By Steve Reno
In addition to celebrating the end of the quarter and the beginning of the summer, the Memorial Day barbecue is about “remembering those who put their lives on the line,” both those who have died and those still living, VOC Coordinator Erik Hardwick said.
“It’s going to be more of a celebration of their lives and their sacrifices than a somber experience,” he added.
Although Memorial Day weekend is often associated with relaxing and barbecuing, it also has more sobering traditions.
Matt Corey, who co-founded the WWU Student Veteran’s Association this year, plans to observe Memorial Day by placing a flag on his grandfather’s grave in Anacortes. Corey’s grandfather served in the Army Air Corps during World War II. Having grown up in a Swiss household, he was fluent in German, and therefore made an ideal intelligence officer in the European theater.
“[He’s] someone who encouraged me to join the service,” Corey said. “One of the reasons I do this club is for him.”
Corey, who is a petty officer third class in the Coast Guard, said he started the club after fellow student veteran Phil Coomes gave him the idea.
“I think veterans on the whole have a positive image on this campus, but it could definitely be improved,” Corey said.
Most recently, the Student Veteran’s Association has been helping promote the Veteran Safe Zone project. The project, started by Western graduate student Jana Brost, involves distributing stickers that people can put on the doors of their offices, homes or dorm rooms to let veterans know they can come in and talk or let off some steam.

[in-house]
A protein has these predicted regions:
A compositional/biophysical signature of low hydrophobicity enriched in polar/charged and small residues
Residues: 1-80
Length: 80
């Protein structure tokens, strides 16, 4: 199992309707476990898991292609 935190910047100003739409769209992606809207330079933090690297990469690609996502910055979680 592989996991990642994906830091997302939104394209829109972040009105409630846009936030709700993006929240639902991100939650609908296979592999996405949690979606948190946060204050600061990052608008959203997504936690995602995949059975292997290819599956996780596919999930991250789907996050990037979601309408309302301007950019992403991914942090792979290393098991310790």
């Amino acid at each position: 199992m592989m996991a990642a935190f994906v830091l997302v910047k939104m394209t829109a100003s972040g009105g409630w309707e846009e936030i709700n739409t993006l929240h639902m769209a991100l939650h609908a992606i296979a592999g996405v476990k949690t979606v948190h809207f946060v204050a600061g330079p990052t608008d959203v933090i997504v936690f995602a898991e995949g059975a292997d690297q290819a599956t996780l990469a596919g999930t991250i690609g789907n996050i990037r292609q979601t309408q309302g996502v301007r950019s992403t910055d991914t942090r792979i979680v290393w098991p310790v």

“It provides an atmosphere where a veteran can come in and receive some informal counseling,” Corey said. “I think that it will have some use, but really it’s just more symbolic of creating an open, friendly atmosphere for veterans.”
Hardwick said he would like to see the stickers all over campus. He added that he hopes the program will help raise awareness about veterans’ issues on campus, as well as raise Western’s profile as a school that is friendly to veterans.
Corey and Hardwick said the Student Veteran’s Association will continue doing social activities to create connections between all vets on campus.
For right now, though, the barbecue is their top priority. Hardwick said there will be fruit and vegetable platters, sandwiches, burgers, hot dogs, veggie dogs, hummus and at least one barbecue.
People can come and go as they please, but at 2 p.m., Hardwick and Corey have plans.
“Hopefully everybody will want to migrate over and watch the vets’ club kick butt in softball,” Hardwick said.